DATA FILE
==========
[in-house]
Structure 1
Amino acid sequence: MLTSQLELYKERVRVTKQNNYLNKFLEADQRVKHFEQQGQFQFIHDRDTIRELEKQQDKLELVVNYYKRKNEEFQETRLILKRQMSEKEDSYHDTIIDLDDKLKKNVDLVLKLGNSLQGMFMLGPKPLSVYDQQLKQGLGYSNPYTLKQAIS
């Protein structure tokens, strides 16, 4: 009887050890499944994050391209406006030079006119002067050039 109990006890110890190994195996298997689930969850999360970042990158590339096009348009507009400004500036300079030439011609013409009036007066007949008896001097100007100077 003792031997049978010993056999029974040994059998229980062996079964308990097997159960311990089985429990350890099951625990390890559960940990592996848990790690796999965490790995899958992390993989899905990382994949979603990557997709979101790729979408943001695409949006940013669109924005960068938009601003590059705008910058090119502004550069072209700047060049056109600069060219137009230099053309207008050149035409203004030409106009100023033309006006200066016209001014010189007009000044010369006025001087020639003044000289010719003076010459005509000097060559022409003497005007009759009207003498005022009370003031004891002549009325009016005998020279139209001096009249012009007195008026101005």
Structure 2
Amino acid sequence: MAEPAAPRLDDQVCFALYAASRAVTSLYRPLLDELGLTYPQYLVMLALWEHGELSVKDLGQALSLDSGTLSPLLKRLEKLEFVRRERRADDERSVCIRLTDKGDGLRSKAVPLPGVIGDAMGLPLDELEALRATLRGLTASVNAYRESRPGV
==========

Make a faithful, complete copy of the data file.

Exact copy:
[in-house]
Structure 1
Amino acid sequence: MLTSQLELYKERVRVTKQNNYLNKFLEADQRVKHFEQQGQFQFIHDRDTIRELEKQQDKLELVVNYYKRKNEEFQETRLILKRQMSEKEDSYHDTIIDLDDKLKKNVDLVLKLGNSLQGMFMLGPKPLSVYDQQLKQGLGYSNPYTLKQAIS
């Protein structure tokens, strides 16, 4: 009887050890499944994050391209406006030079006119002067050039 109990006890110890190994195996298997689930969850999360970042990158590339096009348009507009400004500036300079030439011609013409009036007066007949008896001097100007100077 003792031997049978010993056999029974040994059998229980062996079964308990097997159960311990089985429990350890099951625990390890559960940990592996848990790690796999965490790995899958992390993989899905990382994949979603990557997709979101790729979408943001695409949006940013669109924005960068938009601003590059705008910058090119502004550069072209700047060049056109600069060219137009230099053309207008050149035409203004030409106009100023033309006006200066016209001014010189007009000044010369006025001087020639003044000289010719003076010459005509000097060559022409003497005007009759009207003498005022009370003031004891002549009325009016005998020279139209001096009249012009007195008026101005």
Structure 2
Amino acid sequence: MAEPAAPRLDDQVCFALYAASRAVTSLYRPLLDELGLTYPQYLVMLALWEHGELSVKDLGQALSLDSGTLSPLLKRLEKLEFVRRERRADDERSVCIRLTDKGDGLRSKAVPLPGVIGDAMGLPLDELEALRATLRGLTASVNAYRESRPGV